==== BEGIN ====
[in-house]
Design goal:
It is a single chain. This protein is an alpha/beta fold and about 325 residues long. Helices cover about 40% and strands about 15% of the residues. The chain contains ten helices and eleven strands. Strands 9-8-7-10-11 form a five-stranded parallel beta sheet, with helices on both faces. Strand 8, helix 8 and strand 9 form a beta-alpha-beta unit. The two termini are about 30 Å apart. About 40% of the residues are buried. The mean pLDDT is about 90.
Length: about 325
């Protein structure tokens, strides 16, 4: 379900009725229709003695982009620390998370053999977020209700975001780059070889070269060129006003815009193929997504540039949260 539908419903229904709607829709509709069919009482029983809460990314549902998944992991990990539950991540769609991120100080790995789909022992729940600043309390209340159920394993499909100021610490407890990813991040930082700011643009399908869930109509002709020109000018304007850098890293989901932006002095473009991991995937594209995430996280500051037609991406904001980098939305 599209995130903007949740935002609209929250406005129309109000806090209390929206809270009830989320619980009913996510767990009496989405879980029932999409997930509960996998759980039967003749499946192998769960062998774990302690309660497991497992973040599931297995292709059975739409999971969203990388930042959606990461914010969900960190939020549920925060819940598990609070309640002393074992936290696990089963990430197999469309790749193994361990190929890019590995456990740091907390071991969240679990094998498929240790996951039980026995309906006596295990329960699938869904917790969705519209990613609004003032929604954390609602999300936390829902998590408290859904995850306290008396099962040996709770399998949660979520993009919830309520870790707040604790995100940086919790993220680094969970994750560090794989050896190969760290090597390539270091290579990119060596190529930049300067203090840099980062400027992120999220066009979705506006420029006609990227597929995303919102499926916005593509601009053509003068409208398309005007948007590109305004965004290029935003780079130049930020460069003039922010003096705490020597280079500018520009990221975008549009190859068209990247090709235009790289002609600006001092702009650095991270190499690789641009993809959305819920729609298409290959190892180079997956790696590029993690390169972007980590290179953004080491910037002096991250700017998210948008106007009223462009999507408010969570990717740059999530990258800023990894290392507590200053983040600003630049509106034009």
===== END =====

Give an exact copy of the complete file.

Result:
[in-house]
Design goal:
It is a single chain. This protein is an alpha/beta fold and about 325 residues long. Helices cover about 40% and strands about 15% of the residues. The chain contains ten helices and eleven strands. Strands 9-8-7-10-11 form a five-stranded parallel beta sheet, with helices on both faces. Strand 8, helix 8 and strand 9 form a beta-alpha-beta unit. The two termini are about 30 Å apart. About 40% of the residues are buried. The mean pLDDT is about 90.
Length: about 325
């Protein structure tokens, strides 16, 4: 379900009725229709003695982009620390998370053999977020209700975001780059070889070269060129006003815009193929997504540039949260 539908419903229904709607829709509709069919009482029983809460990314549902998944992991990990539950991540769609991120100080790995789909022992729940600043309390209340159920394993499909100021610490407890990813991040930082700011643009399908869930109509002709020109000018304007850098890293989901932006002095473009991991995937594209995430996280500051037609991406904001980098939305 599209995130903007949740935002609209929250406005129309109000806090209390929206809270009830989320619980009913996510767990009496989405879980029932999409997930509960996998759980039967003749499946192998769960062998774990302690309660497991497992973040599931297995292709059975739409999971969203990388930042959606990461914010969900960190939020549920925060819940598990609070309640002393074992936290696990089963990430197999469309790749193994361990190929890019590995456990740091907390071991969240679990094998498929240790996951039980026995309906006596295990329960699938869904917790969705519209990613609004003032929604954390609602999300936390829902998590408290859904995850306290008396099962040996709770399998949660979520993009919830309520870790707040604790995100940086919790993220680094969970994750560090794989050896190969760290090597390539270091290579990119060596190529930049300067203090840099980062400027992120999220066009979705506006420029006609990227597929995303919102499926916005593509601009053509003068409208398309005007948007590109305004965004290029935003780079130049930020460069003039922010003096705490020597280079500018520009990221975008549009190859068209990247090709235009790289002609600006001092702009650095991270190499690789641009993809959305819920729609298409290959190892180079997956790696590029993690390169972007980590290179953004080491910037002096991250700017998210948008106007009223462009999507408010969570990717740059999530990258800023990894290392507590200053983040600003630049509106034009």